Like a lot of our coast, Deveaux Bank has experienced severe erosion from winter storms, leaving only a quarter of high ground available compared to last year. Despite its importance and fragility, SCDNR has historically allowed public access to Deveaux Bank year-round, including nesting season, and was the only Seabird Sanctuary to allow so for years.

However, earlier this year, SCDNR announced a complete temporary closure of Deveaux Bank during nesting season, bringing Deveaux Bank in line with the protections afforded to our other seabird sanctuaries, like Bird Key and Crab Bank.


How do I get involved in horseshoe crab conservation?

You can help track where horseshoe crab spawning is occurring to the SCDNR.

If the weather is rough, a horseshoe crab may get flipped over, and it may be difficult for them to right themselves. If you ever come across a stranded horseshoe crab that’s upside down, grasp both sides of the shell pick up the animal and set it down with its legs in the sand. It’s important to never pick a horseshoe up by its tail, known as a telson.




In case you missed it…

We hosted a film screening of Benjamin Clock’s powerful new documentary Scarlet Sky and Blue Blood: Conservation of the Red Knot and Horseshoe Crab in the Southeastern US with Southern Environmental Law Center on Tuesday, June 25th.

A special thanks to our moderator and Executive Director of Audubon South Carolina, Rebecca Haynes, and our panelists for sharing their expertise and stories from the long journey of protecting these two special species in South Carolina.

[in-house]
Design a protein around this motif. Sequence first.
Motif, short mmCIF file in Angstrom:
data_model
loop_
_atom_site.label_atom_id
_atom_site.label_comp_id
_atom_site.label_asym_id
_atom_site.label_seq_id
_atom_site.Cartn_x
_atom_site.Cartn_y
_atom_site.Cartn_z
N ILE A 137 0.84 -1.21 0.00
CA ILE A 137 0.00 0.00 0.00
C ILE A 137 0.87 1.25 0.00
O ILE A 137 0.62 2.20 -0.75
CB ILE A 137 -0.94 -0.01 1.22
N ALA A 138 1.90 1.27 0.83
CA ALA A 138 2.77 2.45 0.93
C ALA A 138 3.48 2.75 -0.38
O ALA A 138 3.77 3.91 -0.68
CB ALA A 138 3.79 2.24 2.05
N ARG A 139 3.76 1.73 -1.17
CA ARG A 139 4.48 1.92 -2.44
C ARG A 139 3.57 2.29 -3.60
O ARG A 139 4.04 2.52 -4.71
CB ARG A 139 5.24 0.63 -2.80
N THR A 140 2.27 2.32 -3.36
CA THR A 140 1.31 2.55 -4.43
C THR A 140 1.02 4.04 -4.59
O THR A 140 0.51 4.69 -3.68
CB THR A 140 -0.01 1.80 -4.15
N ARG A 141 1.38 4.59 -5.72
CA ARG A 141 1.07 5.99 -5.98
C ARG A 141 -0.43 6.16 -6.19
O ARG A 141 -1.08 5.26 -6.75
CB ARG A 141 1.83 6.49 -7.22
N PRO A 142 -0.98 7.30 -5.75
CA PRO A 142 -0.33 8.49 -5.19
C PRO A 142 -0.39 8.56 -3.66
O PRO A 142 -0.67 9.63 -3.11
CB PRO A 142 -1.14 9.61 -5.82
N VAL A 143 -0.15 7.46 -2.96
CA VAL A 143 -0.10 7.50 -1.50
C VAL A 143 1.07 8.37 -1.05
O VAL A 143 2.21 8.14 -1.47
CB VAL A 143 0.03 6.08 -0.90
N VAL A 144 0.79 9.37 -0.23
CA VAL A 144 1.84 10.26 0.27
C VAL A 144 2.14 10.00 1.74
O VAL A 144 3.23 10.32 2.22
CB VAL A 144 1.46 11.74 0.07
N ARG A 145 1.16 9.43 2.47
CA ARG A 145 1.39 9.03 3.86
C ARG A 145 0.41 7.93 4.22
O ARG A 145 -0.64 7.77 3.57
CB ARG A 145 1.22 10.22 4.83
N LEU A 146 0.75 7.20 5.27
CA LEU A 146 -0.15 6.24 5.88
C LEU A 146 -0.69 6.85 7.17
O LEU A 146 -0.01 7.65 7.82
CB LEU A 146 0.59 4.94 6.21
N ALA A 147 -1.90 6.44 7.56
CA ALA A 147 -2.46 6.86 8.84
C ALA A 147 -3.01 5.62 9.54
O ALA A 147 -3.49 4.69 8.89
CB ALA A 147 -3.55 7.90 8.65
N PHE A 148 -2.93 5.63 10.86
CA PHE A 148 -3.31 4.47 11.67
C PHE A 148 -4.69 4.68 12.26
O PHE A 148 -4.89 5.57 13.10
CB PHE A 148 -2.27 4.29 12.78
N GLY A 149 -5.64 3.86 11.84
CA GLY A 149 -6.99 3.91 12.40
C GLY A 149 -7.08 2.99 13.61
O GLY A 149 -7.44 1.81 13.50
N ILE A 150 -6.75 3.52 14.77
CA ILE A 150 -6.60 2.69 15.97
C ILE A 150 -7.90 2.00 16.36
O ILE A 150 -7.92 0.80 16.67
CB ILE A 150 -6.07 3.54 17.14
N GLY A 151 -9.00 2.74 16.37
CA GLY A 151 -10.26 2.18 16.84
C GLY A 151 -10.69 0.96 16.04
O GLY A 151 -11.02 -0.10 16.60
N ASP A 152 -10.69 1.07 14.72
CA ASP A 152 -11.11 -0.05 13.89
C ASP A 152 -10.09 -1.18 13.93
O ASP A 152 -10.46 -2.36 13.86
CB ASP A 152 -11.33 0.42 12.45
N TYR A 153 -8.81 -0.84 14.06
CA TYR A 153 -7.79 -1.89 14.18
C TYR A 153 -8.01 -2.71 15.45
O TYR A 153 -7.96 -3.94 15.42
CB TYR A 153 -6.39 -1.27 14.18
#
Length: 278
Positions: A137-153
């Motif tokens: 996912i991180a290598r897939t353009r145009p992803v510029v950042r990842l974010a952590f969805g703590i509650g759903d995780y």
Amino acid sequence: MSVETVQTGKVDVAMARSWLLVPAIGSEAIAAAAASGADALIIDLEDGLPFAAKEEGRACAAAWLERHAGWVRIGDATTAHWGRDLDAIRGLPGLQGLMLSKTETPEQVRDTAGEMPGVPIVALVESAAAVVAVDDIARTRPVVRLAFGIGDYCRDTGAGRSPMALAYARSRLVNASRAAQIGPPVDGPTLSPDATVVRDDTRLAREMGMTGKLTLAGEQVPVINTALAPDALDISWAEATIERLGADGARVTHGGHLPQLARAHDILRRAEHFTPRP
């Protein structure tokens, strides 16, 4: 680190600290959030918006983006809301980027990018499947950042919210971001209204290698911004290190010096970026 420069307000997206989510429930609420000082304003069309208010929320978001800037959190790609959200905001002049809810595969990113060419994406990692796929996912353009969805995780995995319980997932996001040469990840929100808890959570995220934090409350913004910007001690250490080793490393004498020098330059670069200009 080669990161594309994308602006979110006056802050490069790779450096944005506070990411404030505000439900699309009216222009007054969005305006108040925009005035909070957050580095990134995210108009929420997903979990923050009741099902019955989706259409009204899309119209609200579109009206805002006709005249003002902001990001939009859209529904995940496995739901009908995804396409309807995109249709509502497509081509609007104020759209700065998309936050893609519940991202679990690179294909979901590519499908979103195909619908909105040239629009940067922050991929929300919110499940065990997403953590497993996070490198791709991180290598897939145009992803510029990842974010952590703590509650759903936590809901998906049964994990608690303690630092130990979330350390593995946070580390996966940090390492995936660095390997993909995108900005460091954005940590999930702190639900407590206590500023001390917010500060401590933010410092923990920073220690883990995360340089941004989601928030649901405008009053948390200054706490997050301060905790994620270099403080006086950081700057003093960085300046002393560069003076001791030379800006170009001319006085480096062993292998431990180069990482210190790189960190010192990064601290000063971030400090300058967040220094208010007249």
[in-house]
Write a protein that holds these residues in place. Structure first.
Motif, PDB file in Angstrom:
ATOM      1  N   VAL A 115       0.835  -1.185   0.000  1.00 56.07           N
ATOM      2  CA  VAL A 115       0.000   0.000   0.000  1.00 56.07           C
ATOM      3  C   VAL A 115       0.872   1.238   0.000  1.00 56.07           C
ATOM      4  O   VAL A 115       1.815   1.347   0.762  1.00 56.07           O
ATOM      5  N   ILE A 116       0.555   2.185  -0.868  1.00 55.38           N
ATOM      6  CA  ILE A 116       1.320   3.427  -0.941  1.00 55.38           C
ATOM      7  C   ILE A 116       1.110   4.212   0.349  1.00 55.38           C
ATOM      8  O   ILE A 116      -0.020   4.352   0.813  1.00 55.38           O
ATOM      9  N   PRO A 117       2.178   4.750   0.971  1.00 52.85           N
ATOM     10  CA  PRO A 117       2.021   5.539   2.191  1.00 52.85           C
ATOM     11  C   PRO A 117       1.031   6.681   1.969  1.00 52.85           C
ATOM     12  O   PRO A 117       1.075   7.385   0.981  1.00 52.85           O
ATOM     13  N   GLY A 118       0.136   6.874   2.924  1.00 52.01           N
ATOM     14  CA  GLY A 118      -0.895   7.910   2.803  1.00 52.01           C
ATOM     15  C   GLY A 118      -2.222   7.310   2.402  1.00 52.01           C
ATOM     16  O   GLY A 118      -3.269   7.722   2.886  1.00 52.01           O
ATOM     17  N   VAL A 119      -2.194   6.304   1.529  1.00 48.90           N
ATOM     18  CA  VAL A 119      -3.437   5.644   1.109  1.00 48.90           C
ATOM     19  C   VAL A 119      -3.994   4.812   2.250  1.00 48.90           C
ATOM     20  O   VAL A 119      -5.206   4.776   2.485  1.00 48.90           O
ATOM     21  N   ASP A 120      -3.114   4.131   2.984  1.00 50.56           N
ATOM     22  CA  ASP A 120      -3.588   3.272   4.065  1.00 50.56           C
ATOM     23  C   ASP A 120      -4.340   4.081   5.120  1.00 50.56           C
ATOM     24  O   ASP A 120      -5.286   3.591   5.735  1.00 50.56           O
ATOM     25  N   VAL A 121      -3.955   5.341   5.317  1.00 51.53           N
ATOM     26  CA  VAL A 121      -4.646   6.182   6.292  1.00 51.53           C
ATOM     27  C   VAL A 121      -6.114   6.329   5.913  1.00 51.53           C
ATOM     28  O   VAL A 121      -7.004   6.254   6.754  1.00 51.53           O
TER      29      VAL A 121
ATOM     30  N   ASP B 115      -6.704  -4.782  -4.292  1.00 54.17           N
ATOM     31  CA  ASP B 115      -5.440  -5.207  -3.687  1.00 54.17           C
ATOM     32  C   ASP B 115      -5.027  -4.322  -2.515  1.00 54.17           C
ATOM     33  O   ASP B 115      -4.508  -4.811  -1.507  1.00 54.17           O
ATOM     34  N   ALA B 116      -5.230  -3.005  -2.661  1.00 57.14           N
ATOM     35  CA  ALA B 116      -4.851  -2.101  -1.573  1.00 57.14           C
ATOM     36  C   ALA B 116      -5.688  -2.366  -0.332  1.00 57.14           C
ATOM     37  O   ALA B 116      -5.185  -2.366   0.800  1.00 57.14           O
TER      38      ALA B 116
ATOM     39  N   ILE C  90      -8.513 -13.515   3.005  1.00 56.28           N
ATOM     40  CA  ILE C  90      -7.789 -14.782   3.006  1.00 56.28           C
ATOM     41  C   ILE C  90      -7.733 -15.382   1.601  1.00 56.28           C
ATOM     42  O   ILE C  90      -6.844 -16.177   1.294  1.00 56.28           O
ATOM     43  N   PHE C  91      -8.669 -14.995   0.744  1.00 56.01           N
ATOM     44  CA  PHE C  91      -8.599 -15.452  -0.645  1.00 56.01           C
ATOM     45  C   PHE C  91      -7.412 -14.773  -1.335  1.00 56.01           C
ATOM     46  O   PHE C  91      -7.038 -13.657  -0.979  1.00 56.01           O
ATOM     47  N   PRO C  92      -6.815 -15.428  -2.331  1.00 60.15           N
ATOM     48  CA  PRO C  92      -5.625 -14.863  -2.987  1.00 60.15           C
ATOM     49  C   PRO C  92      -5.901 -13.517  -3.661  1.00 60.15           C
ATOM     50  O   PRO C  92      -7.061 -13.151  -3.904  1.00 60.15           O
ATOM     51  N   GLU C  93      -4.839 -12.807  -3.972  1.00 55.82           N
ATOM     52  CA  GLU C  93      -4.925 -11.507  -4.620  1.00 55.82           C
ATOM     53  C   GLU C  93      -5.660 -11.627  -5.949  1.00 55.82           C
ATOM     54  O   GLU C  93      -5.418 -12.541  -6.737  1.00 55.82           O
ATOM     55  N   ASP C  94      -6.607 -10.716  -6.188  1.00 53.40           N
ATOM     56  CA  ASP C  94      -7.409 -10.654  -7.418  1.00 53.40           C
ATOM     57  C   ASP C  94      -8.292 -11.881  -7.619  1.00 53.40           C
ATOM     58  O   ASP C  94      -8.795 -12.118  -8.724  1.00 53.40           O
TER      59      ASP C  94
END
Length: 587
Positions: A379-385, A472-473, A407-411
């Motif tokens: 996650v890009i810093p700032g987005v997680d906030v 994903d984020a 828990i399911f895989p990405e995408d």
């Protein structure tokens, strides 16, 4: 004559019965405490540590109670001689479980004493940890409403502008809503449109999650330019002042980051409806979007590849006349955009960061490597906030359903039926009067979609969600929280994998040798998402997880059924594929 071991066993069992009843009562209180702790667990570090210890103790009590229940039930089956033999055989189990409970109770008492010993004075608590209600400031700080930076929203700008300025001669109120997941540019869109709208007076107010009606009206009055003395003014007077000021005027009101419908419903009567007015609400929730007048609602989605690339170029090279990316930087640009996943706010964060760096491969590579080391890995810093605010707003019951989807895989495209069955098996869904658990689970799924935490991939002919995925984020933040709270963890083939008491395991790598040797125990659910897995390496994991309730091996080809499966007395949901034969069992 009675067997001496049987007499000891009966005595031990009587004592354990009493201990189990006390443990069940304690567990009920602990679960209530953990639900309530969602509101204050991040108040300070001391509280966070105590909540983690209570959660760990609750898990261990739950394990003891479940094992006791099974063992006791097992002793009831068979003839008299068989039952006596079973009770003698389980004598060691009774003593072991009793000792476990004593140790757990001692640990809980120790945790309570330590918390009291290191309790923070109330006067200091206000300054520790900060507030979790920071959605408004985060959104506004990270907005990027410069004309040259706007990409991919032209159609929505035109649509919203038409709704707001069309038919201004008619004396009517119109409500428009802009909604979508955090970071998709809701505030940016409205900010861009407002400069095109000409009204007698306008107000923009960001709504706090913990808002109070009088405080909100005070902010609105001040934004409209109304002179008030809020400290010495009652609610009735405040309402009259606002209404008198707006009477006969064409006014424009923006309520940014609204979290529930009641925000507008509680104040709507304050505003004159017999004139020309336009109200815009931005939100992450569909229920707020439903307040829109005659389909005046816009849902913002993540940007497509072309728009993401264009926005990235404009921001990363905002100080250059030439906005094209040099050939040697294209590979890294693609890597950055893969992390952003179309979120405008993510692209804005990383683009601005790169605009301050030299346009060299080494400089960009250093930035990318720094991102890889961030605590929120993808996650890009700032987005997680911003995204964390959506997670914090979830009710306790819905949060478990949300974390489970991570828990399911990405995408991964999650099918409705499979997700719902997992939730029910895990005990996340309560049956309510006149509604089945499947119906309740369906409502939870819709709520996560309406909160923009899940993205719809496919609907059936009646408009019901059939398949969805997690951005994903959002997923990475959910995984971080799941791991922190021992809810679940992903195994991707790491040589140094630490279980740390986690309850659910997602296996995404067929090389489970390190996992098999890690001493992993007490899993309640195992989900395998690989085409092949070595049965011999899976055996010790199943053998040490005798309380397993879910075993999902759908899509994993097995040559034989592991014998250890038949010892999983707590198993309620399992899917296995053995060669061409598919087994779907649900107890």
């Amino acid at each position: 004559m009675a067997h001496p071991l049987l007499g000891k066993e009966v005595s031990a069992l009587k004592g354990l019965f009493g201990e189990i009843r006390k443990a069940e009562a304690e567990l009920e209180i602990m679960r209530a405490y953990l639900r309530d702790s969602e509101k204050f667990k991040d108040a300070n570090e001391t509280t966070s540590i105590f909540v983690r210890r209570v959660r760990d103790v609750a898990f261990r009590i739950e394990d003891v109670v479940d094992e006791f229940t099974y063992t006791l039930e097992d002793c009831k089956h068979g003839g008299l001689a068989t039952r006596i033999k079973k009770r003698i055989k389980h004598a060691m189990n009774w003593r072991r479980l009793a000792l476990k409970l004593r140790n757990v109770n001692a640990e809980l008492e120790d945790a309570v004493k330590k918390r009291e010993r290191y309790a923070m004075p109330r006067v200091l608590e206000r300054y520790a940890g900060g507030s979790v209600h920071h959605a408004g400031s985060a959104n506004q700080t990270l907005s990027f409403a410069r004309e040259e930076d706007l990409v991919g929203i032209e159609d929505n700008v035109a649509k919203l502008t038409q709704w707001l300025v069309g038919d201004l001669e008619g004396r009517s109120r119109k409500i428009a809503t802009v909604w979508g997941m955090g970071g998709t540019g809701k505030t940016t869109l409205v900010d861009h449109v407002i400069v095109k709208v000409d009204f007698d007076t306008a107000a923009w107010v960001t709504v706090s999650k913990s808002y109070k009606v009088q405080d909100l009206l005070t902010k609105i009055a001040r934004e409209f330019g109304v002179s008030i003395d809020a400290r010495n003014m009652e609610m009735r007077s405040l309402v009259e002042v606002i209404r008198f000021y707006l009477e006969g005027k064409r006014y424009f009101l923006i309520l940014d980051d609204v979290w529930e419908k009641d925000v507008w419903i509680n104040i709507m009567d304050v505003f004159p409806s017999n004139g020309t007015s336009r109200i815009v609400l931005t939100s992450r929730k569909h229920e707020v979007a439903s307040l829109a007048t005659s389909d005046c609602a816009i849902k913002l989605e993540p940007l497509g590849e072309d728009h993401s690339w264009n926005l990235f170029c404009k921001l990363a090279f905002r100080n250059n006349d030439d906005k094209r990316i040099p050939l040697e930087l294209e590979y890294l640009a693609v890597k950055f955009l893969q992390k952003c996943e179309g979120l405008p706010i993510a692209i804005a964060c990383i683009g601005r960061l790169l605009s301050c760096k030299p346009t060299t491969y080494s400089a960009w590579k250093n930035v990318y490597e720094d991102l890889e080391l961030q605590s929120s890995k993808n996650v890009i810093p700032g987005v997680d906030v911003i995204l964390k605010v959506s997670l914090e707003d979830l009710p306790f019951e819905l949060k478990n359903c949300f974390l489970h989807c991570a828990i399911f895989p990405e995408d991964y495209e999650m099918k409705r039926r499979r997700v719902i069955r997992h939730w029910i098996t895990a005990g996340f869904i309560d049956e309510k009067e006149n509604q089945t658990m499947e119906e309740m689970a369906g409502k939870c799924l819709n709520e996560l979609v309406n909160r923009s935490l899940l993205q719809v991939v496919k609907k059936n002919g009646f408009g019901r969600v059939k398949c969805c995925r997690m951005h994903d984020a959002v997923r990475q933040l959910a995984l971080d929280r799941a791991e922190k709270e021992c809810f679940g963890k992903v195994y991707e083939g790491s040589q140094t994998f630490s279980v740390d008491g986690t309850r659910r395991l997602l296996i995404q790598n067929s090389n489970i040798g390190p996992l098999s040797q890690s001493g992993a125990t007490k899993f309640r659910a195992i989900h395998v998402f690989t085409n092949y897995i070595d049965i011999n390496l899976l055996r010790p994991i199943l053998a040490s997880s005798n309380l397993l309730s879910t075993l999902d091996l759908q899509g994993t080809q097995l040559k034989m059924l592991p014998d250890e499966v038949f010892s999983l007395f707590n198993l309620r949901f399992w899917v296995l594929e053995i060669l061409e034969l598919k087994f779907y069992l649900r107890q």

Catherine Wannamaker, Senior Attorney for the Southern Environmental Law Center, detailed the pathway of litigation and the hard-fought win in the court room against the invasion of biomedical company Charles River Laboratories. 

Riley Egger, Land, Water & Wildlife Program Director for Coastal Conservation League, illuminated the threats migratory shorebirds face on their impressively long flights, and how we can minimize our anthropogenic disturbance when they land on our coastline.

And of course, Benjamin Clock, filmmaker and documentarian, shared his unique perspective as a biologist and approach to visually telling powerful conservation stories. You can follow and support more of Ben’s work here.  

Thank you to the Queen Street Playhouse for hosting us in their theater for the screening!


So what’s next? As we hope to see these species populations begin to recover in South Carolina, we can each do our part to promote responsible shorebird stewardship.  

As Riley said Tuesday night, it’s tough being a bird, y’all! 

You can help track the abundance of the vital food source for red knots by reporting any horseshoe crab sightings to South Carolina Department of Natural Resources. 

We’ve answered your questions from Tuesday night here.